Last year has been a great year for cars: we’ve driven some five-star corkers, including the new Ford Focus RS, Bentley’s Bentayga SUV and the new Honda NSX. And while it’s true there aren’t many bad cars being made today, we have driven a few recently that have left us feeling a little flat.
Volkswagen Beetle Dune
Gold alloys only look good on Subaru Imprezas and the Renault Clio Williams. Fact. Unfortunately, the Beetle Dune also boasts gold paintwork, a gold dashboard and gold stitching on the seats. It’s the four-wheeled equivalent of Donald Trump’s private elevator.
Even if you like the Dune’s looks, it’s an oddly pointless special edition. The name pays homage to Baja dune buggies, yet it lacks four-wheel drive and ground clearance is only 10mm more than the standard Beetle. It’s also expensive: £24,910 could buy you a MINI John Cooper Works, one of the finest hot hatches on sale. Our fully-loaded test car clocks in at £31,225. We’d expect it to be genuinely gold-plated for that. TP
The Kia Niro is everything the 2016 motorist wants in a car. It’s an easy to drive, ultra-efficient (hybrid) crossover that doesn’t cost a fortune to buy and comes with a seven-year warranty. But boy, is it dull. They’ve tried to give it some eco quirks to make it interesting – such as an “energy flow meter” in place of a conventional rev counter – but in truth it’s little more than an appliance. How depressing. AB
We’ll skip over the angular styling of the Toyota C-HR. Design is subjective, after all, and there’s a trend among Japanese SUVs to appear, erm, challenging. What disappointed us about the C-HR are the poor powertrains on offer: a hybrid system using a horrible CVT gearbox or a weak 1.2-litre petrol. The interior is nothing special either, and it falls short on practicality. AB
Sorry, pretty Renault Megane. You’re not fooling me with your fancy Tesla-style touchscreens and swish configurable instruments. Because you’ve overlooked the big stuff, such as rear passenger space. Not-grim steering. Driving sparkle. And what’s with that massive patch of unswept windscreen the wipers don’t reach on the driver’s side? Unforgivable. This is a car that’s been developed 75% of the way there, then launched. Not good enough. No matter how pretty it is. RA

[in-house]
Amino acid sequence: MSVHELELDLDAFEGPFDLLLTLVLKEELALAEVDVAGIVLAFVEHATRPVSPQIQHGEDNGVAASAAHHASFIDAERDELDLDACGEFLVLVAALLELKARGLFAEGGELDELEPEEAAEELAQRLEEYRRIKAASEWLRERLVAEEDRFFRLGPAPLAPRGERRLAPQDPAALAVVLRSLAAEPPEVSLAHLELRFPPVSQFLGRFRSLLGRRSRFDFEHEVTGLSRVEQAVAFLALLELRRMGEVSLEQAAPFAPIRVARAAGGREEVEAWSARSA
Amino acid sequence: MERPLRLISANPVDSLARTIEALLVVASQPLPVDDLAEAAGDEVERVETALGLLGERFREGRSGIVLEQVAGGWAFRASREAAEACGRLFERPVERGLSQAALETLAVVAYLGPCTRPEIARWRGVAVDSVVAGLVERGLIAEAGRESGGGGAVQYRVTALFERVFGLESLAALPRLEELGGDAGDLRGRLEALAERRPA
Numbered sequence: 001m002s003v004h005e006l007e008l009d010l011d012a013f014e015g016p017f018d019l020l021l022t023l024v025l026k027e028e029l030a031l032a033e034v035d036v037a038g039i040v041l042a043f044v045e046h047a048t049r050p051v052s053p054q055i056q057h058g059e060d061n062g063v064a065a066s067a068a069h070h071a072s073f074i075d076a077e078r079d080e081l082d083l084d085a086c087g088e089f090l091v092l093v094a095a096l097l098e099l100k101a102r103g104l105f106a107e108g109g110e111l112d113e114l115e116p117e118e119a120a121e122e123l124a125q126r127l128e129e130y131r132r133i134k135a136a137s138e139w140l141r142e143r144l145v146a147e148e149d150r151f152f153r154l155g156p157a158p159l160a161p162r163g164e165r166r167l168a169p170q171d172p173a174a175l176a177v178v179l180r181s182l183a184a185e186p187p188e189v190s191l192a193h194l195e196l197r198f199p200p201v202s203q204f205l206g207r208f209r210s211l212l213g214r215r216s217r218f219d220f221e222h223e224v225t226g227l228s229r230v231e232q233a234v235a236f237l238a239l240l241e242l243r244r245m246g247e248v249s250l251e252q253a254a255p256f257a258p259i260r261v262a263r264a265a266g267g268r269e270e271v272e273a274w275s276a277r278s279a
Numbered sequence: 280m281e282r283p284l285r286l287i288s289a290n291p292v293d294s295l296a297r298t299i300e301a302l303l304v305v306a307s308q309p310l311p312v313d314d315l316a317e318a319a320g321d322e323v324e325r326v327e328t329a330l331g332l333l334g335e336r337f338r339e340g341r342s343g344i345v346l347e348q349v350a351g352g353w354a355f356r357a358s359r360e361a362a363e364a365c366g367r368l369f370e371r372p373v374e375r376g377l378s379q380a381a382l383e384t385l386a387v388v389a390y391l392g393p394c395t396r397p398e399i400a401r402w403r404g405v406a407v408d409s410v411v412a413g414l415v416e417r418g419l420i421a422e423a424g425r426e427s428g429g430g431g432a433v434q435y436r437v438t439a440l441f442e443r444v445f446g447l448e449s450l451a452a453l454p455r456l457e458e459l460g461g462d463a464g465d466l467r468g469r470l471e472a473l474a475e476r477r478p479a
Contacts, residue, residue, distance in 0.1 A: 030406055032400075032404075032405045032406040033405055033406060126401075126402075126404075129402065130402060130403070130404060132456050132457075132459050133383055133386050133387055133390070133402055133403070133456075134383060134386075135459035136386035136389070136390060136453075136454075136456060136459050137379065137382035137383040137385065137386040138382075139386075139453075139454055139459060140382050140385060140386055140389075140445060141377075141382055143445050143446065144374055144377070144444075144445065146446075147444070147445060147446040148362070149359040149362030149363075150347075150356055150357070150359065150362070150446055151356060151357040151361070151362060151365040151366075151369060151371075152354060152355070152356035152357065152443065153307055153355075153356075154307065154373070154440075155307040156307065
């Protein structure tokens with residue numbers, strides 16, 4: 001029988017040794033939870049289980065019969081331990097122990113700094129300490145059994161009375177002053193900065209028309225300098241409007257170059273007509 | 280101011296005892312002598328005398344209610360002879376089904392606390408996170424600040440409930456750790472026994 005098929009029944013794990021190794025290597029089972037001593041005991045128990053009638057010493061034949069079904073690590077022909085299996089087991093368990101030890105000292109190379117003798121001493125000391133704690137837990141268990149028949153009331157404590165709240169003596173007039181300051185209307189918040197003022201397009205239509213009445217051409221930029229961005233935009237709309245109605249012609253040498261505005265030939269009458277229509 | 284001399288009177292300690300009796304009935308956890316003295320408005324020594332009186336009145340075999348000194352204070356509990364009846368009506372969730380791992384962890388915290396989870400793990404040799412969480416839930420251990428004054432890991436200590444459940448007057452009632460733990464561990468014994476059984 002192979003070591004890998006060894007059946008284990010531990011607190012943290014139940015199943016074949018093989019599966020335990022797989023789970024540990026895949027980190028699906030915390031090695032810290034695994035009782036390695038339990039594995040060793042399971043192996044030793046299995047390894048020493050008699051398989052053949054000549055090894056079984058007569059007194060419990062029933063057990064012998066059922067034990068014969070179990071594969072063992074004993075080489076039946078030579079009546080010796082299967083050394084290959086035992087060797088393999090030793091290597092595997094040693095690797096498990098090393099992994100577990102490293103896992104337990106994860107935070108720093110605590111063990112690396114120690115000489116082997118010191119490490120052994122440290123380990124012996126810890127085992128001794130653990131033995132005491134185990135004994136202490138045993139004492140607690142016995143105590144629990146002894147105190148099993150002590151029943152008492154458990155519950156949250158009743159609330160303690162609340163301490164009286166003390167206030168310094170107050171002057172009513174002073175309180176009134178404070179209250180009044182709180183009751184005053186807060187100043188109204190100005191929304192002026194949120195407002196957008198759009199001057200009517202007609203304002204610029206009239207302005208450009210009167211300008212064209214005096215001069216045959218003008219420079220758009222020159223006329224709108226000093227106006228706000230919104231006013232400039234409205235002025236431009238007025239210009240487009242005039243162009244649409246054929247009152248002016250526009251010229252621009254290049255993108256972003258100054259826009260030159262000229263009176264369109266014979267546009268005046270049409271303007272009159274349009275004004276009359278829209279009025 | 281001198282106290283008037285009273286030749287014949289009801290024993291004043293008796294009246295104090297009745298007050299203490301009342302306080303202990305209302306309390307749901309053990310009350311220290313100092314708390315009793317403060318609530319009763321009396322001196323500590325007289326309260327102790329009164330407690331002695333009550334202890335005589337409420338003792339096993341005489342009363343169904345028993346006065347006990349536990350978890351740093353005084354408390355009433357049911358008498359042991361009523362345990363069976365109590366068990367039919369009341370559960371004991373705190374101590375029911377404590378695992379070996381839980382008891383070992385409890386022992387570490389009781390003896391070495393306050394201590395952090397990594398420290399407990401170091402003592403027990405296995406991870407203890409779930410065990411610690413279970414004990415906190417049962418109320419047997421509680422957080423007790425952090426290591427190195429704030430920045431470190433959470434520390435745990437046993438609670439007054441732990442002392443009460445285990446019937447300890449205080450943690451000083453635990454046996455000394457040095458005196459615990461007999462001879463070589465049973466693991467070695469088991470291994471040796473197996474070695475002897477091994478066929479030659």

Oh, what a coincidence. The Nissan Pulsar is related to the Renault Megane. So it feels similarly not-quite-finished. Seriously, Nissan, you need to offer family hatchback buyers something better than this to stop them moving into the crossover segment. Or perhaps this lame effort is intentional, given how your Qashqai is a top-10 best-seller in the UK. You finished that one marvellously well. Pity you didn’t with this one. RA
Mitsubishi Outlander PHEV
We spent six months with the Mitsubishi Outlander PHEV. While it was great freshly-charged, that only lasted for around 20 miles before it needed plugging in again. This was more hassle than you might think: drivers of ‘full’ EVs don’t like plug-in hybrids using ‘their’ public charge points, and the company behind motorway chargers even had a dig at PHEV drivers when introducing new fees for customers. Politics around plugging in aside, the Outlander was a rather average car, with a disappointing interior and uninspiring dynamics. It’s practical, though. AB
Hyundai i20 Active
A lifestyle version of one of our favourite superminis – what’s not to like? Er, well, you can’t buy an i20 Active with the more powerful 120hp turbocharged three-cylinder engine. It feels a bit flat with just 100hp, and you’ll fork out an extra £1,200 for that body cladding and increased ride height. There’s no reason to buy one, and we’d much rather have the i20 Turbo Edition. AB
There was a lot of hype around the Infiniti Q30 after its reveal at last year’s Frankfurt Motor Show, but the Mercedes-Benz A-Class-based car just isn’t special enough to tempt buyers from an Audi A3 or BMW 1 Series. Despite fancy interior choices such as ‘Cafe Teak’ and ‘City Black’, it just isn’t the car to bring Infiniti into the mainstream. AB